How NOT to steal a credit card number

I have a story to relate to you all about how NOT to steal my credit card number... This past Friday night, my buddies and I ordered a pizza from Papa John's. Having no cash on hand, I entered my credit card number online and charged it. As per Papa John's  policy, customers are to present the credit card to the driver upon receipt of the pizza (a reasonable requirement, so that people don't randomly charge pizza to their friends' or parents' cards). This evening, after the driver was half an hour late, he called me from his personal cell phone to come down to pick up the pizza (also reasonable, since our dorm is locked and requires a key-card to access). However, instead of swiping the card into an electronic key store, the driver took a thermal imprint of the card on the receipt as proof the card was physically in my possession.

Sunday morning, I wake up to check my bank account, and lo and  behold, there were four unauthorized charges to my account. Two from Nevada Hair Systems (a wig shop), one from OfficeMax, and one from Sprint Wireless, for a grand total of about 250 bucks. My first reaction was to call my bank and cancel my card. After trying to dispute the charges, I was told I could not until the charges 'posted'. When credit card transactions are processes, the funds are 'authorized', yet not deducted from the account until later. While this is a frustrating techincality (as the charges were definitely not mine), I begrudgingly accepted and had the CSR note my call in my account history.

My next step was to inform Papa John's that my card number was compromised through their system. After speaking to the very helpful store manager, my information was taken down and I was called back in 20 minutes (when our helpful driver came in for his shift that day). The driver, of course, denied anything, but the manager forwarded my case to the district manager and gave me contact information.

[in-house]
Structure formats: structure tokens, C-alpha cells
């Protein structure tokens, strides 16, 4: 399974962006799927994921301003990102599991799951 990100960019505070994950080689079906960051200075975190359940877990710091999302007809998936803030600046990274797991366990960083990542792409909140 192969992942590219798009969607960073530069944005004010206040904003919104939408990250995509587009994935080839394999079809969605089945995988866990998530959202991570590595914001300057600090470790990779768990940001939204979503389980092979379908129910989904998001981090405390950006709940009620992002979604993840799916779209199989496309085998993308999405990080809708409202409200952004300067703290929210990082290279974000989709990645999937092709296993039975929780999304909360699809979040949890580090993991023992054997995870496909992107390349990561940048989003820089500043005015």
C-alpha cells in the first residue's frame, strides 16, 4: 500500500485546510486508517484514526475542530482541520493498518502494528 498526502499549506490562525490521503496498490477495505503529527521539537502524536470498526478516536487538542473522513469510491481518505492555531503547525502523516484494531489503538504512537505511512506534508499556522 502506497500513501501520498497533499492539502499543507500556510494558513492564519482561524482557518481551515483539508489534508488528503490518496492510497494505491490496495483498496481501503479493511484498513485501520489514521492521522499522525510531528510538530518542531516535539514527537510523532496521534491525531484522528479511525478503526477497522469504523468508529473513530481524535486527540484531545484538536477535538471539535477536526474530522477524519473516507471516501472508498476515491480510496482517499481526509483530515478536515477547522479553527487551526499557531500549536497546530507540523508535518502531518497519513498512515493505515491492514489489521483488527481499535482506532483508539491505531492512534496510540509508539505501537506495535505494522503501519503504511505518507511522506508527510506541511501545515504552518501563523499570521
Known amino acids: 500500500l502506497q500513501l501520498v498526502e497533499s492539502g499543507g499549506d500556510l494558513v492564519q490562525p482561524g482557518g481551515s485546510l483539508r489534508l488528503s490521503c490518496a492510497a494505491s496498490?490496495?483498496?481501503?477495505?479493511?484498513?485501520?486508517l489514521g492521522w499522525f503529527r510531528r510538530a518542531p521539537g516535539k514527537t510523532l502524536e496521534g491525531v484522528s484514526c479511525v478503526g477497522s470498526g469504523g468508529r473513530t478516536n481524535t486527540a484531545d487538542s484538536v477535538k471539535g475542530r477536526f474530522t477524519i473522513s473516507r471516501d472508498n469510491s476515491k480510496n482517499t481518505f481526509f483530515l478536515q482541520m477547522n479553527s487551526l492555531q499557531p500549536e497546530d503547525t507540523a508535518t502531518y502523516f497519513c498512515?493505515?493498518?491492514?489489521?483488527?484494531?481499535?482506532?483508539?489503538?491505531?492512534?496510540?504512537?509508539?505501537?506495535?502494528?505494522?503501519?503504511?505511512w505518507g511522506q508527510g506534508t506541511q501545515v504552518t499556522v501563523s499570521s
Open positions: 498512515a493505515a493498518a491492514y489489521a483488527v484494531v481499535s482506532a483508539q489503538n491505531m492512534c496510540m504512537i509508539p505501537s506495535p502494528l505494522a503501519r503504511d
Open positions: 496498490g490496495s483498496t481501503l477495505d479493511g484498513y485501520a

After battling with Sprint's call center (the CSR's there speak very broken english, sadly) and stopping for a quick lunch,  I finally got a hold of the Fraud department. After giving her my card number, she found the charge. While she could not give me the account contact information, I give her the driver's cell phone number, and guess what? That was the number he applied my credit card to! The ingoramus, after contacting me through a uniquely indentifiable medium (phone), then used my credit card on his PERSONAL account. Needless to say, I made sure Sprint wrote down everything related to the phone conversation.

So I had the guy behind a rock. I called Papa John's again, immediately escalated to the manager, and informed him of my findings and that he would face fraud and theft charges. Las Vegas Metro, ever the helpful law enforcement agency, told me the only thing I could do for now is wait until my charge clears, dispute through the bank, then the bank assumes legal responsibility for the money (it's now a fraud charge against the bank, not me). If that doesn't happen as planned, then I can claim fraud through their department, yadda yadda.

Moral of the story: don't steal credit card information. If you're going to, never EVER link it to something personally identifiable. You will get pwned.